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DOD's Foreign Currency Rate Adjustment Program

NSIAD-86-218: Published: Sep 30, 1986. Publicly Released: Sep 30, 1986.

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In response to a congressional request, GAO evaluated the Department of Defense's (DOD) rationale for discontinuing the foreign currency rate adjustment program.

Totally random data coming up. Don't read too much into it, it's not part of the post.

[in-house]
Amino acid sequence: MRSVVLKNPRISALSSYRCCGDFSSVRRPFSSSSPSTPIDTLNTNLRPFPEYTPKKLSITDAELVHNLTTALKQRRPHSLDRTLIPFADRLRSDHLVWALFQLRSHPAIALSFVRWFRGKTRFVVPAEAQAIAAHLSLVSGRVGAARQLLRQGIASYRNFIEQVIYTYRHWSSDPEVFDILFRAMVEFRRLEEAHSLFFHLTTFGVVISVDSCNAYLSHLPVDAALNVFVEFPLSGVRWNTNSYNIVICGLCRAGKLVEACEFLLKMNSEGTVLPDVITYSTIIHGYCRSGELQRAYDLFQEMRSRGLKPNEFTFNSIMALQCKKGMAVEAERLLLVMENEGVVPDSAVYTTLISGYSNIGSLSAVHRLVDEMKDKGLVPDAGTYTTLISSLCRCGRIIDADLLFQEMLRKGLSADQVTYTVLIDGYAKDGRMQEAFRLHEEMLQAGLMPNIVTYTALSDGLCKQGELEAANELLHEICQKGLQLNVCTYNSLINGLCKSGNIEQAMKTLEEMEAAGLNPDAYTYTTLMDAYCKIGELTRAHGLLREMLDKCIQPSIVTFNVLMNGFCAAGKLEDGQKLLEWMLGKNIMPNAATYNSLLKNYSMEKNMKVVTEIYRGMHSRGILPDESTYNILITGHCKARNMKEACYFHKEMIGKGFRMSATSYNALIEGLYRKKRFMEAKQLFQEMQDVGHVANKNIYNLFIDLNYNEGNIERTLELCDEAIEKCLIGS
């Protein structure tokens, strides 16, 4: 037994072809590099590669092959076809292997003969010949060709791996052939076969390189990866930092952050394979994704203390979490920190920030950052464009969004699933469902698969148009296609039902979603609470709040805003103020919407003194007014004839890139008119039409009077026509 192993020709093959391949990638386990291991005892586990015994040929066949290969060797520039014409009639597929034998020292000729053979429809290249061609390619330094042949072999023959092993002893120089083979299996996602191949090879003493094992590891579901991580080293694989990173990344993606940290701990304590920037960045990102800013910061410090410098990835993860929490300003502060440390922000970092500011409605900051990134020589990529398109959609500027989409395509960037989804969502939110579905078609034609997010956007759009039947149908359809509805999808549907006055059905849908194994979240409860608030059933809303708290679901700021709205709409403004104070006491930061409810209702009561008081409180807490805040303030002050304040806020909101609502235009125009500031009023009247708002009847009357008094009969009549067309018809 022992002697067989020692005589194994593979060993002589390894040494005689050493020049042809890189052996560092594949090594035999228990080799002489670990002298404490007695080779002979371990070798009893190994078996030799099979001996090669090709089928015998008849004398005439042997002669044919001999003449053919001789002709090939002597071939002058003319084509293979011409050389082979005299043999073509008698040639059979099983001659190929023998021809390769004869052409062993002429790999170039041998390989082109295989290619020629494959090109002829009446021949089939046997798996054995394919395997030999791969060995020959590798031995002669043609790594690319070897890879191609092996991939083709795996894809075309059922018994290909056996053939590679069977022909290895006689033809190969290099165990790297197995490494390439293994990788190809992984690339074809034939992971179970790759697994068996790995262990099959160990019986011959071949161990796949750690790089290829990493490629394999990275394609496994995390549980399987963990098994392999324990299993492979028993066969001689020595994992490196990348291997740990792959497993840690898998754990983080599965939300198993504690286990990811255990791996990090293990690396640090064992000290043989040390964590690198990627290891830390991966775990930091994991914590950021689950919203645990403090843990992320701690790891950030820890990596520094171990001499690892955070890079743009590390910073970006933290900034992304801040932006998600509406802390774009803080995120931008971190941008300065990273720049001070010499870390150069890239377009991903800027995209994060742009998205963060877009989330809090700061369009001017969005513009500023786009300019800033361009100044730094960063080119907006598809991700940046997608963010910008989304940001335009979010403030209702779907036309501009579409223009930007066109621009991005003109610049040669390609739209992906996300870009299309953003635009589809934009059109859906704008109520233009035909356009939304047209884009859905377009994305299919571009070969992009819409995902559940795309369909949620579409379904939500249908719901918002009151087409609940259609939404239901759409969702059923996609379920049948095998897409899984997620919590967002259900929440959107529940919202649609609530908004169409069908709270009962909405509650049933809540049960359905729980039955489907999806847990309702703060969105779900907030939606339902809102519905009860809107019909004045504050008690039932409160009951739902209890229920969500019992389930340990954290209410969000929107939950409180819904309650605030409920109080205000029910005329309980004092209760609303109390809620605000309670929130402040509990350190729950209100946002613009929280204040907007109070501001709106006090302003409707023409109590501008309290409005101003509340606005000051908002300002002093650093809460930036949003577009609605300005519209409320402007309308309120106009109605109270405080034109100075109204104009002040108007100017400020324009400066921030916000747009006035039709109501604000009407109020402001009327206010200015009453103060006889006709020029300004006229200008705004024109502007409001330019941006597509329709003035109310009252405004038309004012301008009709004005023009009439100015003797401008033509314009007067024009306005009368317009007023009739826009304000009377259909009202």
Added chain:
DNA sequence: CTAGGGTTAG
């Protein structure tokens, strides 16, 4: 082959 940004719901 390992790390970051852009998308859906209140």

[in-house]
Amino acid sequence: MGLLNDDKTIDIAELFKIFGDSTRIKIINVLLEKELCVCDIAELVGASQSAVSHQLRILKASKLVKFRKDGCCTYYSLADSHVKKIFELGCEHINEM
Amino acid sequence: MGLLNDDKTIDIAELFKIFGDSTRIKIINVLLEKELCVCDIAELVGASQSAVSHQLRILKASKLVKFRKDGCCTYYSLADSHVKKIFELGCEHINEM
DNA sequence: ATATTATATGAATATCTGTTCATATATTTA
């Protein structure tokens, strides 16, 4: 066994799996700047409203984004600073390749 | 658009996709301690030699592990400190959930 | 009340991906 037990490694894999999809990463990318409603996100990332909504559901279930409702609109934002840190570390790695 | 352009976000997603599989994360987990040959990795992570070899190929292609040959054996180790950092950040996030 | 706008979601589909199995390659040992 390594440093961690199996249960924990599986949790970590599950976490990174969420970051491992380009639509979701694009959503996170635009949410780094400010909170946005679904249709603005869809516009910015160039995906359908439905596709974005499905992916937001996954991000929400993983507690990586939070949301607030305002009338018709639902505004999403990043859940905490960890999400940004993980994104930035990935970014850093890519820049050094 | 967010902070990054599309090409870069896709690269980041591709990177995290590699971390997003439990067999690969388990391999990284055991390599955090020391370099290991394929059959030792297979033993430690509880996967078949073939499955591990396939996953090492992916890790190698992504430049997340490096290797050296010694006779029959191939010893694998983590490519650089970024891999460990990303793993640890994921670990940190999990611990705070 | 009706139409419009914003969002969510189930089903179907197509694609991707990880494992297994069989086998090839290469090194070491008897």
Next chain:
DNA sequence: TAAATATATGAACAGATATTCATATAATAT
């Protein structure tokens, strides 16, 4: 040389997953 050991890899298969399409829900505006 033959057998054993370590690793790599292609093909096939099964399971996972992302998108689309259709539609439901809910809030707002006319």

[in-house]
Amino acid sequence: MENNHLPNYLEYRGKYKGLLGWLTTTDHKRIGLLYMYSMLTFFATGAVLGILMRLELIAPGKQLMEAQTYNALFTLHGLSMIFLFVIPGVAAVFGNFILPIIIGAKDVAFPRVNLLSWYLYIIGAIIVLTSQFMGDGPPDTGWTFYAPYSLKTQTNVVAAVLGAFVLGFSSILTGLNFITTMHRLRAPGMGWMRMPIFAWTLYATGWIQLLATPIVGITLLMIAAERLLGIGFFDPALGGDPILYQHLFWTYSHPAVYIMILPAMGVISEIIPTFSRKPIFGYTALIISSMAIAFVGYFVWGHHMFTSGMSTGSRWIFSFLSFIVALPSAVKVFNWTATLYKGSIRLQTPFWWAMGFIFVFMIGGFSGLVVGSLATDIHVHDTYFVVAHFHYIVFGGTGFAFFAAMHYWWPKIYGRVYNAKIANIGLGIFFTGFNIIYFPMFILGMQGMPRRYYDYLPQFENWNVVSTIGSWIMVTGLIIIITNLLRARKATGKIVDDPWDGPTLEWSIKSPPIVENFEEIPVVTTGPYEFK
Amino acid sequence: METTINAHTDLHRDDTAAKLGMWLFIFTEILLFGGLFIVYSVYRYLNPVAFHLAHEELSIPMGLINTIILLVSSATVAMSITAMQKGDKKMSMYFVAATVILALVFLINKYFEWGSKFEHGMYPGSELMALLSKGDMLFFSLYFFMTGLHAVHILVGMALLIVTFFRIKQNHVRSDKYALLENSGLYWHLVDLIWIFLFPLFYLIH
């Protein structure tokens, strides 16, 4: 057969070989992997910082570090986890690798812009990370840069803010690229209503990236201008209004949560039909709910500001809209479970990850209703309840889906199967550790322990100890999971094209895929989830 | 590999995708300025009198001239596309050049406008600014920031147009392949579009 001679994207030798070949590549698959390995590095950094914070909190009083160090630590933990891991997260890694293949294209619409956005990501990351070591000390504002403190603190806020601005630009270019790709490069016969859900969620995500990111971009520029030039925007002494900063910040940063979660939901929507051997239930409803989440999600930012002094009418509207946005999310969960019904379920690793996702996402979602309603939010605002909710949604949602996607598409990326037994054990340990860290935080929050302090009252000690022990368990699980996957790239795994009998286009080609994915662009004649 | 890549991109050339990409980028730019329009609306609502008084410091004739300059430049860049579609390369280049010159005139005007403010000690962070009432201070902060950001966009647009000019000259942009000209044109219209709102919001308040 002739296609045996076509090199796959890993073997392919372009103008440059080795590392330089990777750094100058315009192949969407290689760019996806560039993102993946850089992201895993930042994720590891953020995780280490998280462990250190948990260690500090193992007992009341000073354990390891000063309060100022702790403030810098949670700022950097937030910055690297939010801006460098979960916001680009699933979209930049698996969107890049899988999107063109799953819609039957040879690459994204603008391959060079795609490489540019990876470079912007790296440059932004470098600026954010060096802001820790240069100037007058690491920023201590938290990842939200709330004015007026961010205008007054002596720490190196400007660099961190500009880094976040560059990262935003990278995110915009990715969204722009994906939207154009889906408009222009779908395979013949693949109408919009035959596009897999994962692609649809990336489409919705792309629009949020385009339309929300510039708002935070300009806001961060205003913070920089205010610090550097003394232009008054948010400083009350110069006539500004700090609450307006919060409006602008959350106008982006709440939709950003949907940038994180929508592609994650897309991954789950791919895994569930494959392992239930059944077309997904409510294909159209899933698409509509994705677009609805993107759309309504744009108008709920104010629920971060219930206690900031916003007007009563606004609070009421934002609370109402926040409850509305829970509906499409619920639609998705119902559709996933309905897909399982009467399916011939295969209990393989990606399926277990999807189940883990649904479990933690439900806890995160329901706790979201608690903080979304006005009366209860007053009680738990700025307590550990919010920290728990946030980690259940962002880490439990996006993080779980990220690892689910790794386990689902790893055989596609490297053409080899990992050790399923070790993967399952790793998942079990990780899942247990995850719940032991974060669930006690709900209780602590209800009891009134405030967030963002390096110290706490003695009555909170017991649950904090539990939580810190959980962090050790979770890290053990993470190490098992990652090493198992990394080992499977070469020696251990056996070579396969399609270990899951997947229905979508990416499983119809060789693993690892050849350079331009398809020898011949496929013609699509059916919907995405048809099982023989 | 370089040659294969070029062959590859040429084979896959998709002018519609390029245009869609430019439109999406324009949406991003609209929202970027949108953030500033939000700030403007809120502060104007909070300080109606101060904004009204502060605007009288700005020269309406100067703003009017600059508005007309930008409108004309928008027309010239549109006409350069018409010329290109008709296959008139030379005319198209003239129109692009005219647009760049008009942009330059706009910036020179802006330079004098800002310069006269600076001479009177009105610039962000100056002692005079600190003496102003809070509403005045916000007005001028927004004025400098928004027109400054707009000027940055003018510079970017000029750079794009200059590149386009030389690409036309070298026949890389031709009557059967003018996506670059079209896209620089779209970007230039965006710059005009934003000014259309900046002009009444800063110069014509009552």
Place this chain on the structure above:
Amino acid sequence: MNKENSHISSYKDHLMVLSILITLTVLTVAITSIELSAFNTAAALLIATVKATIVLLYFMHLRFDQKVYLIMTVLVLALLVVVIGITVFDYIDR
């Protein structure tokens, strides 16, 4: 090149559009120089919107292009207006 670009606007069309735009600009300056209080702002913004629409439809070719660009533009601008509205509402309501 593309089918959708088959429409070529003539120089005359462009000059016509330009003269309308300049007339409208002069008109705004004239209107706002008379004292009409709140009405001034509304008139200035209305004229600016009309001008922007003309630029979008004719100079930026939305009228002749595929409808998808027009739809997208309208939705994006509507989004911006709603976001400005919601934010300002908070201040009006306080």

GAO found that: (1) costs to DOD had not increased significantly since the end of the program, except in the first 6-month cycle following termination of the program and for shipment to and from Japan; (2) costs dropped on the routes to and from Germany, which encompassed more than half of all the tonnage in the program; and (3) tonnage to and from Japan represents only 7.5 percent of the foreign tonnage. GAO also found that there were many factors affecting forwarder rates, including: (1) underlying transportation contract rates, which were functions of fuel, labor, and interest rates, and the ability of forwarders to negotiate lower rates based on volume; (2) the level of exchange rate exposure, such as whether the forwarder actually needed to exchange dollars for services provided overseas; (3) profit margins; and (4) the costs, if any, of hedging against foreign currency fluctuations. Because of the many factors affecting forwarders' rates, GAO could not verify the specific reasons for the increases or decreases in DOD costs or conclude that the costs might have risen less or dropped further had the currency adjustment program been in effect.

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